I started running for Lung Cancer Research Fund in 2012, just a few months after my brother Matt's girlfriend, Carrie, was diagnosed with Stage 4 lung cancer. Carrie is the last person you would ever expect to receive such a diagnosis, being a nurse, runner and never-smoker, but she proves that no one is safe from this horrible and devastating disease.
Over the past couple of years, I have watched Carrie fight lung cancer with more strength, courage and optimism than I ever could have mustered or imagined. She is constantly inspiring me. No matter how bad things have gotten — even when the cancer spread to her brain and her bones — she refuses to let her diagnosis rule her life or get her down. She has been living every day to the fullest, having countless once-in-a-lifetime experiences and making so many wonderful memories. I don't know what her secret has been, but I suspect it was her and Matt's promise after her diagnosis to laugh every day.
Since Carrie lives in California and I live in Chicago, I don't get to see her very often and can't be there to help her and Matt out or keep her company during treatments or hospital stays. I registered for the 2012 Chicago Lung Run thinking that was the least I could do to show my love and support, and have been running and fundraising ever since.
Last year I unfortunately got another reason to support LCRF when my great Aunt Chick was diagnosed with lung cancer. Aunt Chick was a sweet, classy and vibrant woman who was so well-loved by her husband, daughters, grandchildren and great-grandchildren, as well as our entire extended family. Getting the chance to talk with her at family outings was always so fun, and I decided a while ago that I would love to be just like her when I'm older. She just loved life and spending it with her family, so we were all heartbroken when she lost her battle with lung cancer this past January.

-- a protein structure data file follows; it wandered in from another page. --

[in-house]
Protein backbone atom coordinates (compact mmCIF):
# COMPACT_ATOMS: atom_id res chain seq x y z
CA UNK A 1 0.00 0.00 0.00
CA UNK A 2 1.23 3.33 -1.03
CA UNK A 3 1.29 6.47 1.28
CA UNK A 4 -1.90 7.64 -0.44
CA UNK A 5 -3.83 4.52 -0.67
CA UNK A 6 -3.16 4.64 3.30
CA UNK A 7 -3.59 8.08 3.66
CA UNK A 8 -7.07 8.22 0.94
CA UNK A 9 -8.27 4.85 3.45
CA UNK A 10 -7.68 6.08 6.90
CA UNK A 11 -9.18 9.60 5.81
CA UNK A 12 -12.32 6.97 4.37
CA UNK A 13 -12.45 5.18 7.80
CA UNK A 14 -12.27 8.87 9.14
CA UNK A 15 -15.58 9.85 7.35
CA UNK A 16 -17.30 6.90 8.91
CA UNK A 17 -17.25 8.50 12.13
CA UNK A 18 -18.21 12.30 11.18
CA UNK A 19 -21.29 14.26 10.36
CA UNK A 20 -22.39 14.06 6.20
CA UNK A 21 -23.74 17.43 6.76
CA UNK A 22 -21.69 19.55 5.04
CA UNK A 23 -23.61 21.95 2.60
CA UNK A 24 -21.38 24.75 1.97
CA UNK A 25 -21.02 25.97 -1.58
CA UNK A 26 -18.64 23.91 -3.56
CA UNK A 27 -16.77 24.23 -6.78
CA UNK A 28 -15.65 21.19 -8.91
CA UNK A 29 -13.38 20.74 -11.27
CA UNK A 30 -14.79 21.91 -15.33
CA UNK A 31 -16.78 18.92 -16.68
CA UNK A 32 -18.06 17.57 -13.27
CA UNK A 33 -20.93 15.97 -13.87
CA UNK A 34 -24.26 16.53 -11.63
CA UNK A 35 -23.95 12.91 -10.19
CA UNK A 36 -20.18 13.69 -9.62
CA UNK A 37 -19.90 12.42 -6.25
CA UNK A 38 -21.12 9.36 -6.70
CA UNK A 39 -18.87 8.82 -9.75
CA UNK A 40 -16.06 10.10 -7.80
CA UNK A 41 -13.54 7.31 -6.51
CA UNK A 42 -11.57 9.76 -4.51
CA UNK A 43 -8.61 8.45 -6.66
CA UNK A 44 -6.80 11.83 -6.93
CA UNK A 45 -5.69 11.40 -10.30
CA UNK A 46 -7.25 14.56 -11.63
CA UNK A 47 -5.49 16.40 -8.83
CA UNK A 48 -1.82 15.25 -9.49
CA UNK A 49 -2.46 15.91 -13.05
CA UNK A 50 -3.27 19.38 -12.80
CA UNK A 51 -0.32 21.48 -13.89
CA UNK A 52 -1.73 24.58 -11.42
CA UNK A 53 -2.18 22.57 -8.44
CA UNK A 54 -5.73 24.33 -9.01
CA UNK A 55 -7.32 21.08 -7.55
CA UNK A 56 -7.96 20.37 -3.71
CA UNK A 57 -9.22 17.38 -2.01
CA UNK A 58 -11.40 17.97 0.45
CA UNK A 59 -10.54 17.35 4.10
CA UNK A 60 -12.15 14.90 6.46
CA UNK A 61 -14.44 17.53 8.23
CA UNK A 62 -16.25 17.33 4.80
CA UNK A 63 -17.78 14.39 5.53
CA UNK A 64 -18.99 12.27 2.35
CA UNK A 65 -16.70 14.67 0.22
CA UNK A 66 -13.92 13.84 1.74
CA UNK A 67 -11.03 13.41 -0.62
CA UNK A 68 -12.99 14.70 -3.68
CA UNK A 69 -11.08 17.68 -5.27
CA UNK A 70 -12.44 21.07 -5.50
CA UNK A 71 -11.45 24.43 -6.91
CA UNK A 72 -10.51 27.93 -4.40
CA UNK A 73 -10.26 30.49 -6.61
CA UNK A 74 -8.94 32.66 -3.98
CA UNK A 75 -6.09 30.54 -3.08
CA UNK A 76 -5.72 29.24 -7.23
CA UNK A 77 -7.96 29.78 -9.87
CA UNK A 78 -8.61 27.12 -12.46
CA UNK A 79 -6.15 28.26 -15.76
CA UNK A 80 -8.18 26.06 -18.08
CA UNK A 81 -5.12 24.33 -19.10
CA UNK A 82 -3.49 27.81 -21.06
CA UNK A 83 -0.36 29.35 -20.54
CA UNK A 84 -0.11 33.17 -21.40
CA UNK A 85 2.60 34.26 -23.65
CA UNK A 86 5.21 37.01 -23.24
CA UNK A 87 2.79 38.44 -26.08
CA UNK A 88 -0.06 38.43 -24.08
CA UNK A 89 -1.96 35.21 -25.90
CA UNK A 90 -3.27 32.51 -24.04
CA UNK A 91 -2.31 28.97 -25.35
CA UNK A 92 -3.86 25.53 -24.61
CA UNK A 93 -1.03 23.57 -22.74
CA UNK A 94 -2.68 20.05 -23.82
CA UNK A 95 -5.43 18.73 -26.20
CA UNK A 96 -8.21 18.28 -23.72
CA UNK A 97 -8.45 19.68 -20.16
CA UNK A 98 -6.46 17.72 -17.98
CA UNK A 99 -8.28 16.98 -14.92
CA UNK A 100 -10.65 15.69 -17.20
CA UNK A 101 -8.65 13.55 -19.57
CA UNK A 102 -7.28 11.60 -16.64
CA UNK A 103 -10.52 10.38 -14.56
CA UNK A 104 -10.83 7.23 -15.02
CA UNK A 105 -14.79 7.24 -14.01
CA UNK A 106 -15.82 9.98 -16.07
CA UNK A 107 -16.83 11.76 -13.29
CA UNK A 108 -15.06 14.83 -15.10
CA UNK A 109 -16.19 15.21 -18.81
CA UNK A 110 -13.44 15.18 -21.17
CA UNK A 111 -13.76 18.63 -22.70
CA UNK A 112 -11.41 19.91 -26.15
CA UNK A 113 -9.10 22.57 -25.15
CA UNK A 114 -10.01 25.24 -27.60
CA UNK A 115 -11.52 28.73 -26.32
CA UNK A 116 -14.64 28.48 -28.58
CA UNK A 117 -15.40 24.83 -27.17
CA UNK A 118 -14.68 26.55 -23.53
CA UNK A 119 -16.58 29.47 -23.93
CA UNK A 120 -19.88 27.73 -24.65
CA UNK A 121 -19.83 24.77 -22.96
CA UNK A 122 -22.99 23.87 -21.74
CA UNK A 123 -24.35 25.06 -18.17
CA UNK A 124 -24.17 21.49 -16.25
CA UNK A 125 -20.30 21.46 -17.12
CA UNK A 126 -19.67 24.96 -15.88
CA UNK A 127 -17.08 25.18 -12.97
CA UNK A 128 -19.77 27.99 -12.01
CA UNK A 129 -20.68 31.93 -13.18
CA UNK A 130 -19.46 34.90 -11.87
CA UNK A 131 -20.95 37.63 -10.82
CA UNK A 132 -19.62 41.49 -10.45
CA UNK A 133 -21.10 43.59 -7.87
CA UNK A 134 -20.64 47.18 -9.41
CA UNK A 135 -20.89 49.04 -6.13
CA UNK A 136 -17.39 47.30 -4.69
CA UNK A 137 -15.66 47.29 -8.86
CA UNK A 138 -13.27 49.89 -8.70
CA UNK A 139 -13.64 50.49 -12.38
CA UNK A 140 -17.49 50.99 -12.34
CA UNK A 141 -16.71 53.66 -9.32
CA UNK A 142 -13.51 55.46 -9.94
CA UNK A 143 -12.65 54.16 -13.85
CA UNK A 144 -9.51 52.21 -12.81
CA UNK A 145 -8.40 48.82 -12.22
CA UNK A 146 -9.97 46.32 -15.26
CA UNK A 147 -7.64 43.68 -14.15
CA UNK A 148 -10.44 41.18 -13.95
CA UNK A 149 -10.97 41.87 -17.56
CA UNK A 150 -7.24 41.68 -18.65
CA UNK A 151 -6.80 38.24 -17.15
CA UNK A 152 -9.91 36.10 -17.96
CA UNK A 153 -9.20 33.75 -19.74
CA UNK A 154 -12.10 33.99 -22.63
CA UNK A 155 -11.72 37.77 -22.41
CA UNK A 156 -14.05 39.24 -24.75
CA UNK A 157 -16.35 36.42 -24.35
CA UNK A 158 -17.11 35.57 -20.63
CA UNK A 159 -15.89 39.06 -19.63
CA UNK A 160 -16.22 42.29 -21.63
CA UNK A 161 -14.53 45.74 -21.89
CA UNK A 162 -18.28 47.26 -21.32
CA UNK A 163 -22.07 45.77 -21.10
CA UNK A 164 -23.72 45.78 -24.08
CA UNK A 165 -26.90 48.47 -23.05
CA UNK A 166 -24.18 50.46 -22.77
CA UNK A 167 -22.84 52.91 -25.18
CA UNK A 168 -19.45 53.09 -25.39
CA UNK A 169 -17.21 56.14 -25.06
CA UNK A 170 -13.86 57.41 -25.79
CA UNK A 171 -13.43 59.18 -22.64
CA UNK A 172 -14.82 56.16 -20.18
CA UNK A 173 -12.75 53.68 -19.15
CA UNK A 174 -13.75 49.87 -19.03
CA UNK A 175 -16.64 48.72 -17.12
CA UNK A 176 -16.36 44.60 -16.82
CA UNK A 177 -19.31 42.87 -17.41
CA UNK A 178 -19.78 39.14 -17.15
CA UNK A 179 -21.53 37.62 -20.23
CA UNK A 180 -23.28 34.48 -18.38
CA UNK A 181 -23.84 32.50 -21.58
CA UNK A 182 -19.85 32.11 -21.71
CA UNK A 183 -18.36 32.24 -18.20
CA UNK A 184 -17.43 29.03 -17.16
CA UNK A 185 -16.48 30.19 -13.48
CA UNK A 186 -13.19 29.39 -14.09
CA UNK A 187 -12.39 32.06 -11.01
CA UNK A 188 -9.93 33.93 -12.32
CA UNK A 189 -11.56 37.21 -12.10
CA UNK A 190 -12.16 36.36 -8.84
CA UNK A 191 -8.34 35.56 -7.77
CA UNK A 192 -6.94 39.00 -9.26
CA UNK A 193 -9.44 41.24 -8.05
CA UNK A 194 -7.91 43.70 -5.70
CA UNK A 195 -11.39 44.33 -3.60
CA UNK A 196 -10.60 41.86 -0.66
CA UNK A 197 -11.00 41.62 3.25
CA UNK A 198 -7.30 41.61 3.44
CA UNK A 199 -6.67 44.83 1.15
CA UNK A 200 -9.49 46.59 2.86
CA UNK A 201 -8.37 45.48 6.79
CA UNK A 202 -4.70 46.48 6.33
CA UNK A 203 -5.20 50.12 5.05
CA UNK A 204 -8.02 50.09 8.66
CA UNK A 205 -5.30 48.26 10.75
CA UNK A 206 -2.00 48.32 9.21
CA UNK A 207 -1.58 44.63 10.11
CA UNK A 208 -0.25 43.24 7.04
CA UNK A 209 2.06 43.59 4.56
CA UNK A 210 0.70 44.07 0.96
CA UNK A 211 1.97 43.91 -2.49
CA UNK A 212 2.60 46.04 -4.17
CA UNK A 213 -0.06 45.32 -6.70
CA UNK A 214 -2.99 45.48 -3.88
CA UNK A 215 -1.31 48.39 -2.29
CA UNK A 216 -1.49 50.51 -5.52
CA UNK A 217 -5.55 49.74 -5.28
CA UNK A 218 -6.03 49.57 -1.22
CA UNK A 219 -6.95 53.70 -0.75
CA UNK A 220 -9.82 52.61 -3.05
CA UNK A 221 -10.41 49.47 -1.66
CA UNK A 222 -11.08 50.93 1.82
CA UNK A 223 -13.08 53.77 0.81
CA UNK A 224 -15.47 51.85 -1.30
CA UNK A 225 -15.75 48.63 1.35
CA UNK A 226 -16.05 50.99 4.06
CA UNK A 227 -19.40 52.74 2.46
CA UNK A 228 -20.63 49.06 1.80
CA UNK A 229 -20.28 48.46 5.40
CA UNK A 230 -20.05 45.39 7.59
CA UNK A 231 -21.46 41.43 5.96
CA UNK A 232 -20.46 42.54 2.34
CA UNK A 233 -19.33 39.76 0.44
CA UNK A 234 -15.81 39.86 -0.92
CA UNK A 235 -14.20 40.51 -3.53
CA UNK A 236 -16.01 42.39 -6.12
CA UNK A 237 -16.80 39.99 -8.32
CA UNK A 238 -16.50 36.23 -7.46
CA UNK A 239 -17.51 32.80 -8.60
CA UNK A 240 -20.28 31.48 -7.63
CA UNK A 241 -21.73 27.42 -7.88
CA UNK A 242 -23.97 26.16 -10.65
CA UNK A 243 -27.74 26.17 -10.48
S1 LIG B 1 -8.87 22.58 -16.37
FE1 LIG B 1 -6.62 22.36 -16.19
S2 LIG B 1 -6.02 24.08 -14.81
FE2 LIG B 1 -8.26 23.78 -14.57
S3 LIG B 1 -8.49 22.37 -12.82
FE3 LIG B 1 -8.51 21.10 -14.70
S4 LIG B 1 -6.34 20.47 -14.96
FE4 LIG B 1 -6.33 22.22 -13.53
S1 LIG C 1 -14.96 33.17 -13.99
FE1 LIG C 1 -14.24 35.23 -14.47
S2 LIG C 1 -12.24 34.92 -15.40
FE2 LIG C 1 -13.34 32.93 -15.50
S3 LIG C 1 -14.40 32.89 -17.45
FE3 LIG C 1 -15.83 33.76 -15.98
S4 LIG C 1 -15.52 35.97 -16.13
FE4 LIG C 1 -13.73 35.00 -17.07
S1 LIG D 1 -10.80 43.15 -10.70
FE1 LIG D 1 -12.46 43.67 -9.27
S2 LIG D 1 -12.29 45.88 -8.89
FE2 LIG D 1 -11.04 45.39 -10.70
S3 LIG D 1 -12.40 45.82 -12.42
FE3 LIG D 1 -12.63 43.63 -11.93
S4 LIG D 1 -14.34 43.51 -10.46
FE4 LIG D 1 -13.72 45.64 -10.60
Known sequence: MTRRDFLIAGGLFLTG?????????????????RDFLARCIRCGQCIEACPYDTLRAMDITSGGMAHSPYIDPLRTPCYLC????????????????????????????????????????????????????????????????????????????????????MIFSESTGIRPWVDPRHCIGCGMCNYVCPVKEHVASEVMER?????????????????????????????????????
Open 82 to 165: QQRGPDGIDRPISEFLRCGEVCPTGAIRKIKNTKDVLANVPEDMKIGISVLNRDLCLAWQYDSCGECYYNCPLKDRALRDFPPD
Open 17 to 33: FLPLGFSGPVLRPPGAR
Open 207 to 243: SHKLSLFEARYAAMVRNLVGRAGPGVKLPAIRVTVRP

One thing that these experiences have made really obvious is that lung cancer can happen to anyone. I find the stigma so annoying and unfair. I hate that if I tell someone about Carrie, they almost always ask if she smoked, as if that really makes a difference at this point. Carrie didn't, but Aunt Chick did. But the thing is, lung cancer is horrible and devastating either way. No one deserves cancer, or to be looked down upon because of it. And the stigma is especially frustrating as it's led to a huge discrepancy in funding when compared to other, less deadly cancers.
So I run in support of Carrie and in memory of Aunt Chick, and with the hope of erasing the stigma.